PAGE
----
BFR stage separation
The upper "spaceship" stage of SpaceX's BFR separating from its booster. SpaceX CEO Elon Musk said the company will fly a modified Falcon 9 upper stage, or "mini-BFR Ship," by mid-2019 to test technologies needed for BFR. Credit: SpaceX

WASHINGTON — SpaceX Chief Executive Elon Musk said Nov. 7 that his company will attempt an orbital flight of a reusable version of a Falcon 9 upper stage by the middle of next year to test technologies for the company’s next-generation launch vehicle.

In a series of tweets, Musk announced a “mod,” or modification, to the “SpaceX tech tree build.” That is an apparent reference to a path of upgrades the company is pursuing as it develops its Big Falcon Rocket (BFR), a fully reusable launch system.

Mod to SpaceX tech tree build: Falcon 9 second stage will be upgraded to be like a mini-BFR Ship

— Elon Musk (@elonmusk) November 7, 2018

“Falcon 9 second stage will be upgraded to be like a mini-BFR Ship,” Musk said. The BFR’s upper stage is sometimes referred to as a “spaceship” and is equipped, in its latest iteration announced in September, with three landing legs integrated into its tail fins and seven engines. “Aiming for orbital flight by June.”

In later comments, Musk indicated the revision is intended to test technologies needed for the full-scale BFR spaceship. “Ultra light heat shield & high Mach control surfaces are what we can’t test well without orbital entry,” he said in response to a question from another person.

The upgraded stage would not be used to test landings. “I think we have a handle on propulsive landings,” he said, later noting that the company is building a “BFR dev ship” intended to test landings at the company’s South Texas spaceport under development. Musk and other company officials have said initial “hop tests” of that vehicle could begin by late next year.

SpaceX did not provide additional details on the concept announced by Musk on Twitter, including the status of the development of that modified upper stage or whether this was intended to be a one-time test versus using that modified stage for launching payloads.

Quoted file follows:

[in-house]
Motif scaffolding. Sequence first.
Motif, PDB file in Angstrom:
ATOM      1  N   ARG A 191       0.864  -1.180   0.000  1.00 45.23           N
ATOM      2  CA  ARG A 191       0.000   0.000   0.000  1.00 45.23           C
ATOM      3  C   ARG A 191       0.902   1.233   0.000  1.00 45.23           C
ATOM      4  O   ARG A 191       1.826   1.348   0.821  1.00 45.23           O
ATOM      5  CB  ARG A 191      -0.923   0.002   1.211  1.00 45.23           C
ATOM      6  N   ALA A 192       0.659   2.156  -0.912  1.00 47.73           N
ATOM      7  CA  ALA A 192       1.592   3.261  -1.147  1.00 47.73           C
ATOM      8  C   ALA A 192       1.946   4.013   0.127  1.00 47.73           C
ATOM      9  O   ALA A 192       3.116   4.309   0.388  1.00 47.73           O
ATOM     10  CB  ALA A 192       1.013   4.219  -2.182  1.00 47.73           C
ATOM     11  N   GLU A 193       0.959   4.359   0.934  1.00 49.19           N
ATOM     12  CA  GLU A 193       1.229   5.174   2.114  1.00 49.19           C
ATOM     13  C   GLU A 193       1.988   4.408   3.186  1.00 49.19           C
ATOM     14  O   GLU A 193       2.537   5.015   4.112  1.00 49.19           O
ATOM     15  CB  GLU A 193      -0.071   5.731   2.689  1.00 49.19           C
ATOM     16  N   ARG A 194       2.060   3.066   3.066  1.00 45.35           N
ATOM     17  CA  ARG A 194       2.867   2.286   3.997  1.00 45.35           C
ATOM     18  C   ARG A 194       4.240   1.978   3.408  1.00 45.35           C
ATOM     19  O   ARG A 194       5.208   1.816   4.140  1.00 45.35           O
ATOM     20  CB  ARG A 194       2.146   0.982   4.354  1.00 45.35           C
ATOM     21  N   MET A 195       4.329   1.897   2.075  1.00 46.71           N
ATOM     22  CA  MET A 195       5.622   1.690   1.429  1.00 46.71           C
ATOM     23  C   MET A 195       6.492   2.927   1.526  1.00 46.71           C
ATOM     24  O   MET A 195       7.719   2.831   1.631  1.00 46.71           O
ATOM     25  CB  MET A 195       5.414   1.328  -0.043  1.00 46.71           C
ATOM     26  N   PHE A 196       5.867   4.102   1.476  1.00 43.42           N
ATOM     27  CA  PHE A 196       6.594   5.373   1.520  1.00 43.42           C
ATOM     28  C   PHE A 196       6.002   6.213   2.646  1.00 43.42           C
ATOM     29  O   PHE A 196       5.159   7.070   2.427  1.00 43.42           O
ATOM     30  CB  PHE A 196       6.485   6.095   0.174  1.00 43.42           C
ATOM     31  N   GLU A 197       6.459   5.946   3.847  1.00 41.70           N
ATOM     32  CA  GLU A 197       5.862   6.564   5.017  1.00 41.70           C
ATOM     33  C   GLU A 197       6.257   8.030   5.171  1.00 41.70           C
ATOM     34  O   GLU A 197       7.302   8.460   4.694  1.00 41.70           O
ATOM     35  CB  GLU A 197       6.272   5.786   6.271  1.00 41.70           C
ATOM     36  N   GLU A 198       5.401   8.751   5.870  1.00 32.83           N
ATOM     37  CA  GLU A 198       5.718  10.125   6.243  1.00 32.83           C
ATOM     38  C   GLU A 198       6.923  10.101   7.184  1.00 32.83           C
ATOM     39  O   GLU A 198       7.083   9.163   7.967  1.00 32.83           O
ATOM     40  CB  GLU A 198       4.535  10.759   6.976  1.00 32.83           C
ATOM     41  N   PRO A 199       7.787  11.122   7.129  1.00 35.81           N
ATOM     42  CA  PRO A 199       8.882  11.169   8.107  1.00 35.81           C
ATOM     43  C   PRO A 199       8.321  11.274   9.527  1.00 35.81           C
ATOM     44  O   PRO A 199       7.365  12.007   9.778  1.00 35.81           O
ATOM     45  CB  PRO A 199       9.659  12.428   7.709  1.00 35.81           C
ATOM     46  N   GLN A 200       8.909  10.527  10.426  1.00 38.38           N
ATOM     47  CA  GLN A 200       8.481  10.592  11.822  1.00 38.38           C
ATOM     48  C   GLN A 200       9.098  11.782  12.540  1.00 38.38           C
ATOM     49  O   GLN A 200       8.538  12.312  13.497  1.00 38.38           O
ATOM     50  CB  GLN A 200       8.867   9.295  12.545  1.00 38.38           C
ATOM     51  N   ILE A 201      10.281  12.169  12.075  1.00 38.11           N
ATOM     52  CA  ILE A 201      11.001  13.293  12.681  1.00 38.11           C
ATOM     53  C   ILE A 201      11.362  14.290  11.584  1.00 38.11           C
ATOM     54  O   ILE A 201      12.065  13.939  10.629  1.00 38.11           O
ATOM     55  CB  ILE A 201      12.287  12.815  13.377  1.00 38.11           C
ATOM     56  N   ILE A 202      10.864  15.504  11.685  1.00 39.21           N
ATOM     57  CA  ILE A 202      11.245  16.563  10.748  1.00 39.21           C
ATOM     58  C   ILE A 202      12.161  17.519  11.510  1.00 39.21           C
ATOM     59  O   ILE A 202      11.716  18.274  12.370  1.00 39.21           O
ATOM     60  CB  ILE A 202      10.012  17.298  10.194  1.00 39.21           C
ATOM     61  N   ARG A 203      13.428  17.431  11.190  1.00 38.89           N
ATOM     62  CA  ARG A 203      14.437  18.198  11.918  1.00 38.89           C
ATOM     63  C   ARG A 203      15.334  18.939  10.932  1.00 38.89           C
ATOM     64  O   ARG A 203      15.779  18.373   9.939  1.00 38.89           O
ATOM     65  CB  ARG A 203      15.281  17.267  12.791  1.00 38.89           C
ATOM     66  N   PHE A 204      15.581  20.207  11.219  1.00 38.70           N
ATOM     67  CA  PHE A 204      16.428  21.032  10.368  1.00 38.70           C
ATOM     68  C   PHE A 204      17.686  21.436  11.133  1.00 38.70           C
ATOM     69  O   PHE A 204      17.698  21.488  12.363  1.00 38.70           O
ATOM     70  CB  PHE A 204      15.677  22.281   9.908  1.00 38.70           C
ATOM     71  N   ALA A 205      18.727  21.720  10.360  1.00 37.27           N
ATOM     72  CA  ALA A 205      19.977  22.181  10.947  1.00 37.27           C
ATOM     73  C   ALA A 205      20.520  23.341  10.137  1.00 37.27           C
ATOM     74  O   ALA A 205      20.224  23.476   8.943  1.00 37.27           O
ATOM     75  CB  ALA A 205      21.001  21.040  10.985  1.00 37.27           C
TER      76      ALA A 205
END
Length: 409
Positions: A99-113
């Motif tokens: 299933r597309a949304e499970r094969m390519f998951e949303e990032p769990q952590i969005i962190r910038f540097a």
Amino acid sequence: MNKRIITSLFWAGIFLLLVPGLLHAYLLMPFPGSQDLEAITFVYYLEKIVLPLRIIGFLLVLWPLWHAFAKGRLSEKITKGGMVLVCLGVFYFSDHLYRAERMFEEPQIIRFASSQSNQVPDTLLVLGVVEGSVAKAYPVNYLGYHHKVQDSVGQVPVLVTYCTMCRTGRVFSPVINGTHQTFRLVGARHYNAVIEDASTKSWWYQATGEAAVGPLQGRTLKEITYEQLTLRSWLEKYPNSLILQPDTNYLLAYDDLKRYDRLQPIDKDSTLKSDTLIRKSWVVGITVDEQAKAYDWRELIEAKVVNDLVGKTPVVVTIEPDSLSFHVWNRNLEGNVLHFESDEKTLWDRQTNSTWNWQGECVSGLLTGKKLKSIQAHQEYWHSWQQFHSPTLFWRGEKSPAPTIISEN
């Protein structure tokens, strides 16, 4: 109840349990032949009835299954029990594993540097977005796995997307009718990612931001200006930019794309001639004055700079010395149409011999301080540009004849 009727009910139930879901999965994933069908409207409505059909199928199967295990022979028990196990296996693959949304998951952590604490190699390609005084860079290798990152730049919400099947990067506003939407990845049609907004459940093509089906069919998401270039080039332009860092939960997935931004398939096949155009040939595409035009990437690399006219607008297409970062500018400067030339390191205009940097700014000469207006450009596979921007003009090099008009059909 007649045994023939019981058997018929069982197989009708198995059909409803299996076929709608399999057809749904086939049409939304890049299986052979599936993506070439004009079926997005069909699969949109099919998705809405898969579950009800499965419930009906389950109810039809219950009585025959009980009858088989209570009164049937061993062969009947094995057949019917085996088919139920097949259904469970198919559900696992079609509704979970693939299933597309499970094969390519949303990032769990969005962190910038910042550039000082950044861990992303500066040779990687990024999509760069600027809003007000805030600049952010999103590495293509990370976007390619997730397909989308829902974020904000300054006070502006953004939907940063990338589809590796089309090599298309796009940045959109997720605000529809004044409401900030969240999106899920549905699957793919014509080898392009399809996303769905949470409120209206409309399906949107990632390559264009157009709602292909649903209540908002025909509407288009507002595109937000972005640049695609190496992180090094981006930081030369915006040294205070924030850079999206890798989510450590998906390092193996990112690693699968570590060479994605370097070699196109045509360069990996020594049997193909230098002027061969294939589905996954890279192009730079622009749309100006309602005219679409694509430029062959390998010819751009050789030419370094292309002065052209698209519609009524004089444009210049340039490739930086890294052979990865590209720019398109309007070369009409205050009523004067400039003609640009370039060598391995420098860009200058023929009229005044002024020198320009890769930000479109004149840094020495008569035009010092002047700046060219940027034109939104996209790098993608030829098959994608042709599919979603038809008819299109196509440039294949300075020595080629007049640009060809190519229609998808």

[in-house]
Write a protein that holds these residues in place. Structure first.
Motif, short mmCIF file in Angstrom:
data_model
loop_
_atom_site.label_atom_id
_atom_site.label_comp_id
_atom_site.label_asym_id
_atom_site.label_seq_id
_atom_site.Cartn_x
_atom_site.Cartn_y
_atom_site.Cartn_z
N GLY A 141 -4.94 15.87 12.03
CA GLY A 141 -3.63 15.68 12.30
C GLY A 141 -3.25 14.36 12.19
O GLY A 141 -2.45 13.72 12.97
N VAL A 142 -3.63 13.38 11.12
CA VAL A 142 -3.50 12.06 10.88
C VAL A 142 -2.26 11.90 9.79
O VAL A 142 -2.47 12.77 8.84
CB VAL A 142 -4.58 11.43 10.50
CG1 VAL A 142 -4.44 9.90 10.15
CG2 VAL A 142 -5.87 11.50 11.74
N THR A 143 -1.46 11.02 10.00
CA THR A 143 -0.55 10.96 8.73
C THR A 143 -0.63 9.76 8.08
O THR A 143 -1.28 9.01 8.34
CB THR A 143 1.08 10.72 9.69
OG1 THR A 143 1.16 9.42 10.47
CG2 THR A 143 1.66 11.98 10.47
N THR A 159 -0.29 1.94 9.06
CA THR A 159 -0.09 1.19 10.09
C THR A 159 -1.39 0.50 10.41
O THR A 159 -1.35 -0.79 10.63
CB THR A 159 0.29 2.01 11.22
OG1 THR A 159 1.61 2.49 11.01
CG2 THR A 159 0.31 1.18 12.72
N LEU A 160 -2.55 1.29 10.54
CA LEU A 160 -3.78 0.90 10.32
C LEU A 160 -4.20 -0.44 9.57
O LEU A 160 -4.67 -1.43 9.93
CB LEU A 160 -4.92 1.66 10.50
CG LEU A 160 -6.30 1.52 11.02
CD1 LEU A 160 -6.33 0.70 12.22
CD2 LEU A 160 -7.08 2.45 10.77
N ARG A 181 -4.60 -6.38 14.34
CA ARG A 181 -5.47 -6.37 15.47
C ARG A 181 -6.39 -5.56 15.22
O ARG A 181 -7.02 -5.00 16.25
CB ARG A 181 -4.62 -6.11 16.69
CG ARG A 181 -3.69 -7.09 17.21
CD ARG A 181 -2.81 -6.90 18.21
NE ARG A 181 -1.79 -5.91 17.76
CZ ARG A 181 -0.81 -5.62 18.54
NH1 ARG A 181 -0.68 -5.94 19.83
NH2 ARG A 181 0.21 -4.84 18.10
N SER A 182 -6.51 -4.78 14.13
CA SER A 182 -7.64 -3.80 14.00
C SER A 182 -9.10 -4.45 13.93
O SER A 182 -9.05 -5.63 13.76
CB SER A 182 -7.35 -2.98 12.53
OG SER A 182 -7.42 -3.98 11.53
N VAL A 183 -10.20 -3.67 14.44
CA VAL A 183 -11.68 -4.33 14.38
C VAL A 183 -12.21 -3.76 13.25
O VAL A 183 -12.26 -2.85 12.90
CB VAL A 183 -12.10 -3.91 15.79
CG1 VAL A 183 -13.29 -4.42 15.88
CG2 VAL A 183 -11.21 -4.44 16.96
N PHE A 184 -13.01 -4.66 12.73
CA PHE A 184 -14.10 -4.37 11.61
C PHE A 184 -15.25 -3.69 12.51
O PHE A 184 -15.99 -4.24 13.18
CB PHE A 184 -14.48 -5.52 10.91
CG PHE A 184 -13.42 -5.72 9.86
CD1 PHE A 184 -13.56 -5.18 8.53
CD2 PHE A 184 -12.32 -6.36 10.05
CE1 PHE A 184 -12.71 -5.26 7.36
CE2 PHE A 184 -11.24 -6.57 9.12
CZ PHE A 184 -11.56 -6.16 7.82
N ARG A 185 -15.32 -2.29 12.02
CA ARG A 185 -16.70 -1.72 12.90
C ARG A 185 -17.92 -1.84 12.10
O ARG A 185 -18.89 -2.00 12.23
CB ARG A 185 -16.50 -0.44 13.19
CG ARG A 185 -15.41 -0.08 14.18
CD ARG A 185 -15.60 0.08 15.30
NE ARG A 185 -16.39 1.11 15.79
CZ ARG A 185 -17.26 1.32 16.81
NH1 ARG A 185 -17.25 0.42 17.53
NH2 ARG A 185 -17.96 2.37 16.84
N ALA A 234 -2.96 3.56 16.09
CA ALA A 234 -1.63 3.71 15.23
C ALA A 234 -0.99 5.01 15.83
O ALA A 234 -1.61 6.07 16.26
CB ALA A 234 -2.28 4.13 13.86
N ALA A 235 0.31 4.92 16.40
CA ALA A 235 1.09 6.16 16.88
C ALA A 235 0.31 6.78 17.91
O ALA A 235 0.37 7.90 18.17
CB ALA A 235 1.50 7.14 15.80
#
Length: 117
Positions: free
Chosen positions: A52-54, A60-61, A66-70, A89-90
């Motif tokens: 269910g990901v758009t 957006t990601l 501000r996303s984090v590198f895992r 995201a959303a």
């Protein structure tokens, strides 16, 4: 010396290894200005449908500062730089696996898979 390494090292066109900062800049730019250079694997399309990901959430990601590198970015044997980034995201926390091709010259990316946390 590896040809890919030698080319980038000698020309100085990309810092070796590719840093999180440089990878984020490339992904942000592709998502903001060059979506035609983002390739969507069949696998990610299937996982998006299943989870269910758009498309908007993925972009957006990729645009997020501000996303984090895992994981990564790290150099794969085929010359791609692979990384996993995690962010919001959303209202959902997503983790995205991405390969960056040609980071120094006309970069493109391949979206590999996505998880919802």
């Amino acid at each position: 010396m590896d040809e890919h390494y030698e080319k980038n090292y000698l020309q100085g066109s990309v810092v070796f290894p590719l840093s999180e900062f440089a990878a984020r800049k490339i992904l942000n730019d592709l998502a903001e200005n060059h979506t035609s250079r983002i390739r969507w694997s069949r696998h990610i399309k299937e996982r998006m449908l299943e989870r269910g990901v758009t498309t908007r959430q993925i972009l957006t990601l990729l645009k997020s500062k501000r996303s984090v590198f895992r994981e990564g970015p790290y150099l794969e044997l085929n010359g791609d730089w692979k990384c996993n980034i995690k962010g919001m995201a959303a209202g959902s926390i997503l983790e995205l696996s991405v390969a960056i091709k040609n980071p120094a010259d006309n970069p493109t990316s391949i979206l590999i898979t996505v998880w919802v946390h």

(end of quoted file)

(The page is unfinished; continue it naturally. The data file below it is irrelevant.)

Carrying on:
SpaceX has considered reusing the second stage of the Falcon 9 on and off for years. In 2011, the company released a video showing the rocket’s first and second stages, as well as a Dragon spacecraft being launched by the rocket, making propulsive landings on land. While the company now routinely lands first stages, either on land or on droneships in the ocean, it has not pursued plans to reuse the second stage, which poses greater technical challenges given the higher speeds at which it travels.

At a press conference after the March 2017 launch of the first reused Falcon 9 first stage, Musk said the company might try a “Hail Mary” and attempt to recover an upper stage on a future mission. SpaceX hasn’t made such an attempt, but in April Musk tweeted that SpaceX would attempt to use a “giant party balloon” to bring back the upper stage, which many interpreted as some kind in inflatable decelerator similar to those tested by NASA. The stage would then be caught by a ship like the one SpaceX currently uses in efforts to recover payload fairings.

SpaceX will try to bring rocket upper stage back from orbital velocity using a giant party balloon

— Elon Musk (@elonmusk) April 15, 2018

At a May press conference prior to the first flight of the Block 5 version of the Falcon 9, Musk said the company was still collecting data on how to potentially recover the upper stage. “Gradually, over the course of this year, we’ll be adding more and more thermal protection to the upper stage, and try to see what’s the least amount of mass necessary to return the upper stage in a condition that is reusable,” he said.

“I’m actually quite confident that we’ll be able to achieve full reusability of the upper stage,” he said. “In fact, I’m certain we can achieve full reusability of the upper stage. The question is simply what the mass penalty is, and we don’t want to put too much engineering effort into that relative to BFR.”

Jeff Foust writes about space policy, commercial space, and related topics for SpaceNews. He earned a Ph.D. in planetary sciences from the Massachusetts Institute of Technology and a bachelor’s degree with honors in geophysics and planetary science...